Artist and writer Guy Delisle recounts André’s experience in Hostage the new graphic novel from Drawn & Quarterly that’s one of the most fascinating graphic novels I’ve read this year. Delisle recounts André’s experience in an almost 500 page book that goes over the details no matter how mundaine it may seem. And I think that’s what’s most fascinating about it all. This isn’t a story where André is being taken out and his life threatened, that experience comes from his head. Instead, the graphic novel is actually almost ordinary in a way. Day in and day out André is handcuffed in his setting given soup and bread to eat and recounting the days. How he spent the three months and what was occuring on his side is the interesting part.

This isn’t a story about negotiations and failed transfers. Instead, this story focuses on what André imagines is going on, or just straight up ponders. Why was a photo taken? Why did he have to provide a phone numbers? Telling the story only from André’s perspective provides us the reader a confinement that reflects what André experienced. For pages and pages the book devotes itself to the soup André eats and how his wrist deals with the handcuffs. Because, that’s what André experienced. We see how André stayed alert during his time, how he counted the days, and his general thoughts. In reality though, we only see and experience what André did.

Delisle conveys the psychological effects of solitary confinement, compelling us to ask ourselves some difficult questions regarding the repercussions of negotiating with kidnappers and what it really means to be free. For those in the nonprofit sector or want to see the power of graphic journalist, Hostage is a fascinating read.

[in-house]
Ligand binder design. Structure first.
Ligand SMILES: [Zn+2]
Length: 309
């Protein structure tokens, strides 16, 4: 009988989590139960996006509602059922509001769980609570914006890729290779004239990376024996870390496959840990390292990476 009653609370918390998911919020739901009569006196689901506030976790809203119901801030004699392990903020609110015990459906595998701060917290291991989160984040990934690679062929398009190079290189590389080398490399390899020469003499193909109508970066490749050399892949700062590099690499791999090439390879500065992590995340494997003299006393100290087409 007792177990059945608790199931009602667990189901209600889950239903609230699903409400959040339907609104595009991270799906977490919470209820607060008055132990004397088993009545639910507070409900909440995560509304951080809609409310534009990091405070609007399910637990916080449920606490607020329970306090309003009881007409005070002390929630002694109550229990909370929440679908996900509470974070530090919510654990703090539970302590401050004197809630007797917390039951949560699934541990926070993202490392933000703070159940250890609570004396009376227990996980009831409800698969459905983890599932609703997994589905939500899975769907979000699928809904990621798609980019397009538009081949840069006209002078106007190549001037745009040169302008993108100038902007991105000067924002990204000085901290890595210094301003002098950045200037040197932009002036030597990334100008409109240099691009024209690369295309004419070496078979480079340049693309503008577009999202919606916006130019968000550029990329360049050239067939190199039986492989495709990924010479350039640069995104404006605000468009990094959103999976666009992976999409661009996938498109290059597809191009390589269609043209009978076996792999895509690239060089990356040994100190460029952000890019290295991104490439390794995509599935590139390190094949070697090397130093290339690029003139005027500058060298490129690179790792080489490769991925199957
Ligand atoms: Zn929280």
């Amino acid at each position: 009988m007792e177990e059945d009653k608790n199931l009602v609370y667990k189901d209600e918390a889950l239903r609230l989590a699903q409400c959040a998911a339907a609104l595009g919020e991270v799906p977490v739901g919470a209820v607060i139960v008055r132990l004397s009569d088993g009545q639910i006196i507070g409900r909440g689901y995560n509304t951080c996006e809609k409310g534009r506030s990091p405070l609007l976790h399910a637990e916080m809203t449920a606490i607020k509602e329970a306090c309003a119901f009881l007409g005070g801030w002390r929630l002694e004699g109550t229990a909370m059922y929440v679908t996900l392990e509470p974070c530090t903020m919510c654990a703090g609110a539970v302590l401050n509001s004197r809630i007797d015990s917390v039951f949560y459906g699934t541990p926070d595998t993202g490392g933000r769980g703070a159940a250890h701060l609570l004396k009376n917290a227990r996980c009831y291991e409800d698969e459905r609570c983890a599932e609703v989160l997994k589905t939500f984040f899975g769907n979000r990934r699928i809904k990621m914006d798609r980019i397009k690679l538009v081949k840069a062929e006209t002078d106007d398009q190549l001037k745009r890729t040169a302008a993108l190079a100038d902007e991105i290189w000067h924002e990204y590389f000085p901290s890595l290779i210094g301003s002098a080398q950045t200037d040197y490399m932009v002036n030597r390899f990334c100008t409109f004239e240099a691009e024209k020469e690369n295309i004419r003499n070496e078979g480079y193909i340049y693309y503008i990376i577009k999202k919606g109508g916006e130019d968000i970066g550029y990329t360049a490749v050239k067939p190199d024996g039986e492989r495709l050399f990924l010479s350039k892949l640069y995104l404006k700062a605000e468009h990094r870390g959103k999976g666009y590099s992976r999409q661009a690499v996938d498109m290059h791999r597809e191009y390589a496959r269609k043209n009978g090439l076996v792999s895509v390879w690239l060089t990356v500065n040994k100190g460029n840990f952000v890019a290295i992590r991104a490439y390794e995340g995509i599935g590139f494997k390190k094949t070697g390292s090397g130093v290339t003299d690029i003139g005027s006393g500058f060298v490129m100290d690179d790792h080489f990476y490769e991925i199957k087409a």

But, what struck me most, and Delisle enhances with his art is how far from an action movie it all is. Seriously, I want to go pack and see how much is devoted to discussing soup. But, the way it’s all presented is in a way so that we the reader who are unfamiliar with André’s experience don’t know what’s happening next. So, through the mundane tension increases as the story goes on.

Hostage is one of the most fascinating releases this year in both its story, attention to detail, and how it’s laid out. For a slice of real life through graphic journalism, this is a must get.

Story: Guy Delisle Art: Guy Delisle
Story: 9.0 Art: 9.0 Overall: 9.0 Recommendation: Buy

Graphic Policy’s Top Comic Picks this Week!

Wednesdays are new comic book day! Each week hundreds of comics are released, and that can be pretty daunting to go over and choose what to buy. That’s where we come in!

We’re bringing back something we haven’t done for a while, what the team thinks. Our contributors are choosing up to five books each week and why they’re choosing the books.

Find out what folks think below, and what comics you should be looking out for this Wednesday.

Joe

Top Pick: Action Comics #978 (DC Comics) – This has become my favorite DC comic, and that includes Wonder Woman. Those two and Superman go back and forth as to what is currently the best out of Rebirth, but either way this book is just incredible and consistent.

The Flash #21 (DC Comics) – Wow what a start to “The Button” with who returned and then disappeared in a “flash”. Yup, I did that. I can’t wait to see where this story goes. Plus another lenticular cover!